GlaxoSmithKline Rolls Out All-in-One HIV Drug in China
British pharmaceutical giant GlaxoSmithKline PLC (GSK) has officially launched its blockbuster triple-therapy HIV drug on the Chinese mainland, pricing it lower than in neighboring markets.
Triumeq is being sold at 2,880 yuan ($450) for a one-month supply, according to GSK, lower than in South Korea, Taiwan and Hong Kong.
Triumeq was approved by the U.S. Food and Drug Administration in 2014, followed by more than 50 countries and regions, and achieved sales of $2.2 billion in 2016. The drug has helped GSK take market share from rival Gilead Sciences Inc., which had for years dominated HIV-therapy sales.
Triumeq is a combination of three drugs in a single pill — the first such all-in-one HIV therapy available in China — reducing the need for patients to remember to take multiple medications.
“It poses less drug-drug interaction and has a high barrier to drug resistance,” said Zhang Fujie from Beijing Ditan Hospital of Capital Medical University, who was quoted in a GSK press release. Triumeq “brings a more convenient treatment with high efficacy to Chinese people living with HIV.”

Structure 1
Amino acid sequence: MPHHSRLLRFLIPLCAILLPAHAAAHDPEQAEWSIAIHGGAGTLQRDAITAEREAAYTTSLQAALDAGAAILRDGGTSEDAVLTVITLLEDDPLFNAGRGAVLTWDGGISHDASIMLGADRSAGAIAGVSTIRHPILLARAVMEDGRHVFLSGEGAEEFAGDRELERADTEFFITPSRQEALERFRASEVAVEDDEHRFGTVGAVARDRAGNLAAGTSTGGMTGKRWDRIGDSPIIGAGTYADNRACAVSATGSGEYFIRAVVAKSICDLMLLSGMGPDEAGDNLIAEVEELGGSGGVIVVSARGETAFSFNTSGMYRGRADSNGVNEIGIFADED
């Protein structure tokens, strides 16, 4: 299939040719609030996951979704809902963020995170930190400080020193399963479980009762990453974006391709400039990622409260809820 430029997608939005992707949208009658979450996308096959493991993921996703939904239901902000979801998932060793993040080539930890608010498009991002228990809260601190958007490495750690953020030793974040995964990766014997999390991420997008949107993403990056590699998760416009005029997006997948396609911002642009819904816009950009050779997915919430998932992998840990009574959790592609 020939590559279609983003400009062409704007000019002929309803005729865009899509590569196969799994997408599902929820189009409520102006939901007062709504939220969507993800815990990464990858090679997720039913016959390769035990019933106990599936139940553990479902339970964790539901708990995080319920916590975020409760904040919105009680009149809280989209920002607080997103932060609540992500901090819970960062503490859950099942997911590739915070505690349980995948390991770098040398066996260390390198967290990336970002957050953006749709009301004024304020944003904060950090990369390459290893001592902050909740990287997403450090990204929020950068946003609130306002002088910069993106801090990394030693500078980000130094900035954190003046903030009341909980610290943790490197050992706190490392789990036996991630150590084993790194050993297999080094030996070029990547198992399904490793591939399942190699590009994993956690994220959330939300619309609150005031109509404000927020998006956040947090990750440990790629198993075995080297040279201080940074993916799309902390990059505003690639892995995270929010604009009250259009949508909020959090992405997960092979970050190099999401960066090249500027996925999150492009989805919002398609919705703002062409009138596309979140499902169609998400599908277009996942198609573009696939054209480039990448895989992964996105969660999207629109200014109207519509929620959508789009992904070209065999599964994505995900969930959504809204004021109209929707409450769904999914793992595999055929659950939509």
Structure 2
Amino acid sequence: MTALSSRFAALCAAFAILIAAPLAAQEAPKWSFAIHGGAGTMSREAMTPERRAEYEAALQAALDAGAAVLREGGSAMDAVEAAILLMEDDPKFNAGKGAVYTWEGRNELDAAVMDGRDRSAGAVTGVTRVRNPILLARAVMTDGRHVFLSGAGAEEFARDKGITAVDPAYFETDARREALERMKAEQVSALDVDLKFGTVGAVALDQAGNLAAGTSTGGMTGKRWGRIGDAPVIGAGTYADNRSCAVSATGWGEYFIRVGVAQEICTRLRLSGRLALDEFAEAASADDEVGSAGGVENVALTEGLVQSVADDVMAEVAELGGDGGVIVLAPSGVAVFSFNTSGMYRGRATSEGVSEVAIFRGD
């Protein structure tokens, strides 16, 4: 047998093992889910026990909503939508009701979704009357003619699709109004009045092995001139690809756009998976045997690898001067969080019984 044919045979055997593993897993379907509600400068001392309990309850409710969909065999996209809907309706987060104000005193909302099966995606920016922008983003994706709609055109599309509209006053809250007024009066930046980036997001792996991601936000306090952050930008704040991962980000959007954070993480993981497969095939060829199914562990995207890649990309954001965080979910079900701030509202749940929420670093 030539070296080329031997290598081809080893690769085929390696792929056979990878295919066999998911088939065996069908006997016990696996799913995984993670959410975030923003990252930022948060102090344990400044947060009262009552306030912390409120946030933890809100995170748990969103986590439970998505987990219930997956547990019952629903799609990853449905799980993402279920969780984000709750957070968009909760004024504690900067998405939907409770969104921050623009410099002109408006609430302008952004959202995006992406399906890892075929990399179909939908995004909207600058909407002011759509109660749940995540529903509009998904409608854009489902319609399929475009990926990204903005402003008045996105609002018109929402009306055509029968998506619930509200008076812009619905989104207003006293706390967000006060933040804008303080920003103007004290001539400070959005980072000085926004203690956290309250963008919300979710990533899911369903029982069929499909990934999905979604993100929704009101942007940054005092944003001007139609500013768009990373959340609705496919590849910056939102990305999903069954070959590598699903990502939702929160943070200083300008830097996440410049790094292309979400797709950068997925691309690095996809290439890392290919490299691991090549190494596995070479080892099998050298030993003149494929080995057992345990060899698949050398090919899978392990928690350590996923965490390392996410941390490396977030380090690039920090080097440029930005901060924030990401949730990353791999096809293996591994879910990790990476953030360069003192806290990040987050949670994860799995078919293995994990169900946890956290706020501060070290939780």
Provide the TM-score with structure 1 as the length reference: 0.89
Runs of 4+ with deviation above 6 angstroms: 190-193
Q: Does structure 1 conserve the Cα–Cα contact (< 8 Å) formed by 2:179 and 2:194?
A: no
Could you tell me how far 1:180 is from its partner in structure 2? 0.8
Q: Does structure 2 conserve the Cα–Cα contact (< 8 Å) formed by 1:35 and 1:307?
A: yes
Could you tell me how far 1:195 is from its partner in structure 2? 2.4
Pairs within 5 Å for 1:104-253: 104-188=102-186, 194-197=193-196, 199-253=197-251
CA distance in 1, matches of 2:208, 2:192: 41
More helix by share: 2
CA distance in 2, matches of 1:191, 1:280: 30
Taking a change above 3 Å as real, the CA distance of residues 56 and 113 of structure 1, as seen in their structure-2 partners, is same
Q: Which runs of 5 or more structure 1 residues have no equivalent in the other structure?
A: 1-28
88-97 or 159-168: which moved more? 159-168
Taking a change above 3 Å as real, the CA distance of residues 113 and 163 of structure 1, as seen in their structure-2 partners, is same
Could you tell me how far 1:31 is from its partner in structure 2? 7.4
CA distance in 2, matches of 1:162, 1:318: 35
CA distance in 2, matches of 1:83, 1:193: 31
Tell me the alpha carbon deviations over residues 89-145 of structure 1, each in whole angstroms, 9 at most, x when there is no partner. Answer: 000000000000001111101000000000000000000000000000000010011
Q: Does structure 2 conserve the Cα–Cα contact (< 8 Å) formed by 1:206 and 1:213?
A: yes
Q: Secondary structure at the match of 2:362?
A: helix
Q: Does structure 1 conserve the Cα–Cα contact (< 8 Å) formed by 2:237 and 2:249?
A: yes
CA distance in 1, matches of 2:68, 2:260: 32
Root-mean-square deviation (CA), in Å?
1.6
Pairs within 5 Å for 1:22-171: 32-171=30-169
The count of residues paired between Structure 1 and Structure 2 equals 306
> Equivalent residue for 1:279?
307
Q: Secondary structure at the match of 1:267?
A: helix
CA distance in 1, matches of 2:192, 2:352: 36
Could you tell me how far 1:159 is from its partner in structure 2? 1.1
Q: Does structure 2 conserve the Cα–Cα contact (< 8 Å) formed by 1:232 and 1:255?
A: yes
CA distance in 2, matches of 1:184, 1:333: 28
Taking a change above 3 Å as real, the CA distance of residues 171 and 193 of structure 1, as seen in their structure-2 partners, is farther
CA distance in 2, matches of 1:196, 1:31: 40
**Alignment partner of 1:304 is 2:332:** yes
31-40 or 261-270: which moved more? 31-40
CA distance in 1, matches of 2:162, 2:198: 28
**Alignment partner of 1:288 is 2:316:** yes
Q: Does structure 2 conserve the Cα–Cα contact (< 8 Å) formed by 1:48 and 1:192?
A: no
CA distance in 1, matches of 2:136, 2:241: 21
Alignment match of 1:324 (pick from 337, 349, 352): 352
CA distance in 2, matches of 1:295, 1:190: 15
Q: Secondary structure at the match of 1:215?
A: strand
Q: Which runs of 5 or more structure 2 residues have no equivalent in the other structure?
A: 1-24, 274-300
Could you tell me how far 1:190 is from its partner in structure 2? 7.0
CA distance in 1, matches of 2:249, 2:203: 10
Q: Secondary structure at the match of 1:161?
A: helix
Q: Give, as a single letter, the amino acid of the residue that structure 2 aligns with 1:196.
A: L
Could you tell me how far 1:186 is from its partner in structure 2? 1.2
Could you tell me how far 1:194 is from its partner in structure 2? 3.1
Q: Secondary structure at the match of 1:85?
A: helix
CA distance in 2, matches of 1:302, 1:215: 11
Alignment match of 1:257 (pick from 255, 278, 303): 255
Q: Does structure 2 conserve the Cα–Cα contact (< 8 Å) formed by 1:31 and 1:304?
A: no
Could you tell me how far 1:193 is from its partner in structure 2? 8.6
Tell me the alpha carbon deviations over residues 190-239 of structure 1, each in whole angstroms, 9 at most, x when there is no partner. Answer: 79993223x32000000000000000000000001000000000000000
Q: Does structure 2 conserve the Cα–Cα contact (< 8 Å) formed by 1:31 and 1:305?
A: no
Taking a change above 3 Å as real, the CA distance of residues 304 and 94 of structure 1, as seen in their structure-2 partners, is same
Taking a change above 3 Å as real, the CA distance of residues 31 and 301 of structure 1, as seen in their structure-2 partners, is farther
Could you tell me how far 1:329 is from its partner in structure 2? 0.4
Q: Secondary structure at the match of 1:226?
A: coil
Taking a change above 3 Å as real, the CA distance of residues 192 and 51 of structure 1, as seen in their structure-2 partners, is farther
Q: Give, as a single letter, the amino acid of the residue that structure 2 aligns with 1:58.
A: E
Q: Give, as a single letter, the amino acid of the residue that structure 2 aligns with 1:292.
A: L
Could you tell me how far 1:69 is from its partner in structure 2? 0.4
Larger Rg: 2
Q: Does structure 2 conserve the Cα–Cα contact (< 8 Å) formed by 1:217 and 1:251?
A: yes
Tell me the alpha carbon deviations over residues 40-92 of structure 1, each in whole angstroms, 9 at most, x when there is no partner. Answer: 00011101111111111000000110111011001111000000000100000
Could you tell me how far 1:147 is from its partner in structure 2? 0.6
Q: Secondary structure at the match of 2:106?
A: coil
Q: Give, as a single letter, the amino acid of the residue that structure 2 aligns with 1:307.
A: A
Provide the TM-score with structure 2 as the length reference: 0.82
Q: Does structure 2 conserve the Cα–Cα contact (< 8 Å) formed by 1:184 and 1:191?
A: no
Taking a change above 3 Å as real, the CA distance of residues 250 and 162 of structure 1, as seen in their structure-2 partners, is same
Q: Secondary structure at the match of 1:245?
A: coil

In China, the number of people known to be living with HIV/AIDS was 746,000 as of October 2017. Around 495,000 patients are currently undergoing antiviral therapy, most of whom receive free treatment from a government-backed program.
GSK said it is willing to negotiate with the Chinese government to get the drug included in China's free-treatment program.
Triumeq is produced by ViiV Healthcare, a joint venture owned mostly by GSK, with minority stakes from Pfizer Inc. and Japan’s Shionogi & Co. Ltd. The company stressed its interest in deepening its presence in the Chinese mainland market.
“We are working closely with Chinese associations to undertake a series of initiatives, including professional training for HIV/AIDS care personnel, as well as disease prevention and education programmes, to enable Chinese people living with HIV (to) get better support and help,” said Thomas Willemsen, general manager of GSK China Pharmaceuticals and Vaccines.
Contact reporter Coco Feng (firstname.lastname@example.org)
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